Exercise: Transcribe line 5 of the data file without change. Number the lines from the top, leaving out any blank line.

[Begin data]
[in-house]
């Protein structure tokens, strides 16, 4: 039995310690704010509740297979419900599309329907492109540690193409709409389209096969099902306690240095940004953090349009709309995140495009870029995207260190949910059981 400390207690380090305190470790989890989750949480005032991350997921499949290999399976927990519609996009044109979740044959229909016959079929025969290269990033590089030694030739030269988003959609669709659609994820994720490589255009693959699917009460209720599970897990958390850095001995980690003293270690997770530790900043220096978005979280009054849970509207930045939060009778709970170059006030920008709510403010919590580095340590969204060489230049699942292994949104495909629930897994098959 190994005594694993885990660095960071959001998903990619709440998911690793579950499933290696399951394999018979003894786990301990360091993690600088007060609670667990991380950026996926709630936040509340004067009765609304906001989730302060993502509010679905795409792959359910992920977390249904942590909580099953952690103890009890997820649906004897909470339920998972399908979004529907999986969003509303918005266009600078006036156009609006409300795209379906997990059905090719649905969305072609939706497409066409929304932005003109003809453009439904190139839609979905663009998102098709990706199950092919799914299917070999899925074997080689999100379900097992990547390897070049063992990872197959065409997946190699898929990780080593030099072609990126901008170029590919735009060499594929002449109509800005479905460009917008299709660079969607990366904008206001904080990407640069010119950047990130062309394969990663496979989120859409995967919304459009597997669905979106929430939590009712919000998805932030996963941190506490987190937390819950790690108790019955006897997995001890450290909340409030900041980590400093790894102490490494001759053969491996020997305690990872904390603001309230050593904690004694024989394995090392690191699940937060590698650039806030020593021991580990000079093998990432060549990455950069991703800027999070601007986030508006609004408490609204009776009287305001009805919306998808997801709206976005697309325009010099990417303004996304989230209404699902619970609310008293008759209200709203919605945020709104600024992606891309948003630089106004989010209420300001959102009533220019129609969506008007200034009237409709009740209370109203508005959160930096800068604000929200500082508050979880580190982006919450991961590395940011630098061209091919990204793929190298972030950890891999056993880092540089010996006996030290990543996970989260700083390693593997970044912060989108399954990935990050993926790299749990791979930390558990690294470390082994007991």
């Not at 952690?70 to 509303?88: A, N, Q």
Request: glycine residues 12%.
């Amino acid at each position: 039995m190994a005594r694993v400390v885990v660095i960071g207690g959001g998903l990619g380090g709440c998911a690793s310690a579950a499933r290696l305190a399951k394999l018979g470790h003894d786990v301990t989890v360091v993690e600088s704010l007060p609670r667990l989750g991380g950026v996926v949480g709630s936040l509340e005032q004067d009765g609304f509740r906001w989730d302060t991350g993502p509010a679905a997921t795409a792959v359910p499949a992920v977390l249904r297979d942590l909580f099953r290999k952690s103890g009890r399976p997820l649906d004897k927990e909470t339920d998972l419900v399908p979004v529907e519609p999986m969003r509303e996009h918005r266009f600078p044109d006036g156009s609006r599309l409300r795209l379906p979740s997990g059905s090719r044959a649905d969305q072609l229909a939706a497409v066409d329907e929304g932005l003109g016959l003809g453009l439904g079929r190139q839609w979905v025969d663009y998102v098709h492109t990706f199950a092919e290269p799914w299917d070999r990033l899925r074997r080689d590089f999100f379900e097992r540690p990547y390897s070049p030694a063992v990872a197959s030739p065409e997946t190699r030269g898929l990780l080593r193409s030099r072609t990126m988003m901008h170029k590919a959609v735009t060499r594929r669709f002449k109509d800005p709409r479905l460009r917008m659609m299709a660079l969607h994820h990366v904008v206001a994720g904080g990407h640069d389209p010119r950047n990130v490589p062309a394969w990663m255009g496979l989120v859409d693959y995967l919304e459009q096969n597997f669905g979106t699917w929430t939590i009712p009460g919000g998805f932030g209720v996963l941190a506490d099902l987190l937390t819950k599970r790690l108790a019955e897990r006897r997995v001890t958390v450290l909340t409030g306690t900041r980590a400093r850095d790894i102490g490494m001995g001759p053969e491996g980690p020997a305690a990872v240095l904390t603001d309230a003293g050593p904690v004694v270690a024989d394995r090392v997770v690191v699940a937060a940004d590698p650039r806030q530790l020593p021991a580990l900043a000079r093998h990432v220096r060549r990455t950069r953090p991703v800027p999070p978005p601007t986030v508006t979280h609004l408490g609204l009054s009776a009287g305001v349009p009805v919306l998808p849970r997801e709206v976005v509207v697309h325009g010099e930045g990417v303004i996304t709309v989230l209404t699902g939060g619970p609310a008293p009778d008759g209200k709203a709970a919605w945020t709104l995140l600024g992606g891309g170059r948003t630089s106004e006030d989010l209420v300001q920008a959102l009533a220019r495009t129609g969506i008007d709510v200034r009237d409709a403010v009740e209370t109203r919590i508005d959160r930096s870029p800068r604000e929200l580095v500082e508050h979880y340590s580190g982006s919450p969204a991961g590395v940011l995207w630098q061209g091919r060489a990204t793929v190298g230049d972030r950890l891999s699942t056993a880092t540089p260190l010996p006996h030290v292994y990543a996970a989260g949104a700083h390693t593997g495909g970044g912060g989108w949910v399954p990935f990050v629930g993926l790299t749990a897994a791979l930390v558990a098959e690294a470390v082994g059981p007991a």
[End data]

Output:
């Amino acid at each position: 039995m190994a005594r694993v400390v885990v660095i960071g207690g959001g998903l990619g380090g709440c998911a690793s310690a579950a499933r290696l305190a399951k394999l018979g470790h003894d786990v301990t989890v360091v993690e600088s704010l007060p609670r667990l989750g991380g950026v996926v949480g709630s936040l509340e005032q004067d009765g609304f509740r906001w989730d302060t991350g993502p509010a679905a997921t795409a792959v359910p499949a992920v977390l249904r297979d942590l909580f099953r290999k952690s103890g009890r399976p997820l649906d004897k927990e909470t339920d998972l419900v399908p979004v529907e519609p999986m969003r509303e996009h918005r266009f600078p044109d006036g156009s609006r599309l409300r795209l379906p979740s997990g059905s090719r044959a649905d969305q072609l229909a939706a497409v066409d329907e929304g932005l003109g016959l003809g453009l439904g079929r190139q839609w979905v025969d663009y998102v098709h492109t990706f199950a092919e290269p799914w299917d070999r990033l899925r074997r080689d590089f999100f379900e097992r540690p990547y390897s070049p030694a063992v990872a197959s030739p065409e997946t190699r030269g898929l990780l080593r193409s030099r072609t990126m988003m901008h170029k590919a959609v735009t060499r594929r669709f002449k109509d800005p709409r479905l460009r917008m659609m299709a660079l969607h994820h990366v904008v206001a994720g904080g990407h640069d389209p010119r950047n990130v490589p062309a394969w990663m255009g496979l989120v859409d693959y995967l919304e459009q096969n597997f669905g979106t699917w929430t939590i009712p009460g919000g998805f932030g209720v996963l941190a506490d099902l987190l937390t819950k599970r790690l108790a019955e897990r006897r997995v001890t958390v450290l909340t409030g306690t900041r980590a400093r850095d790894i102490g490494m001995g001759p053969e491996g980690p020997a305690a990872v240095l904390t603001d309230a003293g050593p904690v004694v270690a024989d394995r090392v997770v690191v699940a937060a940004d590698p650039r806030q530790l020593p021991a580990l900043a000079r093998h990432v220096r060549r990455t950069r953090p991703v800027p999070p978005p601007t986030v508006t979280h609004l408490g609204l009054s009776a009287g305001v349009p009805v919306l998808p849970r997801e709206v976005v509207v697309h325009g010099e930045g990417v303004i996304t709309v989230l209404t699902g939060g619970p609310a008293p009778d008759g209200k709203a709970a919605w945020t709104l995140l600024g992606g891309g170059r948003t630089s106004e006030d989010l209420v300001q920008a959102l009533a220019r495009t129609g969506i008007d709510v200034r009237d409709a403010v009740e209370t109203r919590i508005d959160r930096s870029p800068r604000e929200l580095v500082e508050h979880y340590s580190g982006s919450p969204a991961g590395v940011l995207w630098q061209g091919r060489a990204t793929v190298g230049d972030r950890l891999s699942t056993a880092t540089p260190l010996p006996h030290v292994y990543a996970a989260g949104a700083h390693t593997g495909g970044g912060g989108w949910v399954p990935f990050v629930g993926l790299t749990a897994a791979l930390v558990a098959e690294a470390v082994g059981p007991a």